Over the next few days, he tried calling the few neighbor’s numbers he knew, gleaning more numbers from them as he went. No one knew where the kittens had come from, and no one wanted one. He was sure they were lying, and stupid. What little child didn’t want a kitten?
He got plenty of advice from the farm, though, on cat care. It was only temporary, he insisted, not wanting to buy the best food for them. They could eat the discount kibble and be happy with it.
His wife’s sister, Marjory, came to visit a week later. She lived in Philadelphia. He didn’t know how she could stand it. When she came in, she was surrounded by the kittens. He assured her it was only temporary, until one of the neighborhood children agreed to adopt them.
“That one’s Jack, and the one always on the counter is Nimble,” he said, jerking his thumb over his shoulder to indicate the cats as he fixed them tea.
“What’s this one, Quick?” Marjory asked with a little smile, scratching the white one under the chin.
“Don’t be an arse,” he snarled, pouring milk into a pitcher. “That’s Annie. Can’t rightly name a girl Quick.”
“You’re sure it’s a girl?” Marjory said, unfazed by his attitude. It was just part of Bob.
“I may have taken them to the vet,” he said, looking sullenly out the window. “Can’t give them away if they’ve got rabies or some other feline nonsense.”
Marjory just smiled behind the rim of her tea glass. “Bob?” she said finally, setting the glass down and folding her fingers on the tabletop.
“What?” he barked, carrying over the plate of biscuits and clattering it onto the table.
She spoke evenly. “You’re allowed to keep them, you know.”
He scoffed. “Isn’t for an old man to keep cats. I’m not some wrinkled old woman living on a hill. It’s just until the kids can take them,” he insisted, putting two lumps of sugar into his tea. “I don’t even like cats,” he added.
Three months later, Marjory returned. When she went to the back door of the ranch house that was always left open for her, a streak of white and grey ran past her before returning to entwine itself around her legs.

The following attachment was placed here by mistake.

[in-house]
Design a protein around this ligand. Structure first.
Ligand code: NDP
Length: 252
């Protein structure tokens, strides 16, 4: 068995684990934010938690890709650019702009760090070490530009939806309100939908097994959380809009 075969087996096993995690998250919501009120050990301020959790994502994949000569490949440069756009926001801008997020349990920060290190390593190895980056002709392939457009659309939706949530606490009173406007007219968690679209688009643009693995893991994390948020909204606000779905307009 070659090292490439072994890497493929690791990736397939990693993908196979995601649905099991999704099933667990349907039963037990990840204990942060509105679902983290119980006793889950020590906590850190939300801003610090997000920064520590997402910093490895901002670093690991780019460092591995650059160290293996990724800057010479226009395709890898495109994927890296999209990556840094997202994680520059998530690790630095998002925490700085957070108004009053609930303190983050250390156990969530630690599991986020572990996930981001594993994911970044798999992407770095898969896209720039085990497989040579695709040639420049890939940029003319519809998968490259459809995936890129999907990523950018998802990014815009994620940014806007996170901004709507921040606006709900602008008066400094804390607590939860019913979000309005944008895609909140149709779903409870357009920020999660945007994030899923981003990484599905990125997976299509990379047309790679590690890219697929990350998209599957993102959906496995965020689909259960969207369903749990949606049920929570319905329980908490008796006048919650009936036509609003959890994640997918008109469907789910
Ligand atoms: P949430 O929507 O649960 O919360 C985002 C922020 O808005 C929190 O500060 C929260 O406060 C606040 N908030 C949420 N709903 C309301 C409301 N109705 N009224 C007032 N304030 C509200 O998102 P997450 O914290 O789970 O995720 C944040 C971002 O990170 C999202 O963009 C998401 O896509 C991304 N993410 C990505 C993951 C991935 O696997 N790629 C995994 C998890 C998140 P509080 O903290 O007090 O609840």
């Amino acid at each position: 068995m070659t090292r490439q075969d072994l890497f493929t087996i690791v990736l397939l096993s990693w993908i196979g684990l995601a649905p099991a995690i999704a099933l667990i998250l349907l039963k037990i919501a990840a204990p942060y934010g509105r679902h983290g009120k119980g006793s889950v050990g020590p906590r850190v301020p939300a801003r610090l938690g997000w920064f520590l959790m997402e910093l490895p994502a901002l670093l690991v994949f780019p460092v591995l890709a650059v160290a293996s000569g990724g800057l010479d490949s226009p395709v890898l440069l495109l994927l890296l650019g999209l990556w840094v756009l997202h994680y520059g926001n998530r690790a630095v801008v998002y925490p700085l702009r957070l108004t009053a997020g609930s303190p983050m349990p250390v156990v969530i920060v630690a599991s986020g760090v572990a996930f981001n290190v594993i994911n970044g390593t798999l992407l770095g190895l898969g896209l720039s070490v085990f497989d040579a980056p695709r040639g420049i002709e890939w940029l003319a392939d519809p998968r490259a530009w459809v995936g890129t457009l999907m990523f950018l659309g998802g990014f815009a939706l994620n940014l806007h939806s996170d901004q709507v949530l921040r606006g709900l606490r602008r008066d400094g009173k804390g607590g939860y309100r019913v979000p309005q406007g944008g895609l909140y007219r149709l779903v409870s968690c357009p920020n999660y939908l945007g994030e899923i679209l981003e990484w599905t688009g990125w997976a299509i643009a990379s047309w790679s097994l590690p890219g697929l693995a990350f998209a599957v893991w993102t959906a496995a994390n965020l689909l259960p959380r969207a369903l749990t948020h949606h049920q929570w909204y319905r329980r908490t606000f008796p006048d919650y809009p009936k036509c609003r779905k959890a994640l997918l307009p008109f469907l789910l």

“Jack!” Bob’s voice boomed from inside the house. “Get back in here before the fox eats your innards for lunch! I won’t be held responsible for it!” She leaned to see inside. She could just see Bob in the room beyond, sitting on the worn green armchair. “I don’t even like cats,” she heard him mutter to Nimble, who was curled on his lap. “Damn cats.”
“Bob, you old softy,” Marjory whispered. She was glad she had convinced her niece to leave the kittens here. It was amazing what people would abandon in the city. The kittens had found a good home with Bob. She bent over to pick up Jack, who was very clearly used to affection, then closed the door behind them and went inside for tea.
For the IndieInk Writing Challenge this week, DimDom challenged me with “You open your door one morning and find three little kittens have been deposited there.” and I challenged Lance with “Your inspiration for the week:
“Sigh no more, ladies, sigh no more.
Men were deceivers ever.
One foot in sea, and one on shore,
To one thing constant never…”
from “Much Ado About Nothing”, II:III by Shakespeare.”
I love kittens! Based roughly on some real people and situations I know, but entirely amalgamated until pretty unrecognizeable.
Except for my dad’s famous line in this: “I don’t even like cats!!!” as he pets one of our two lapcats.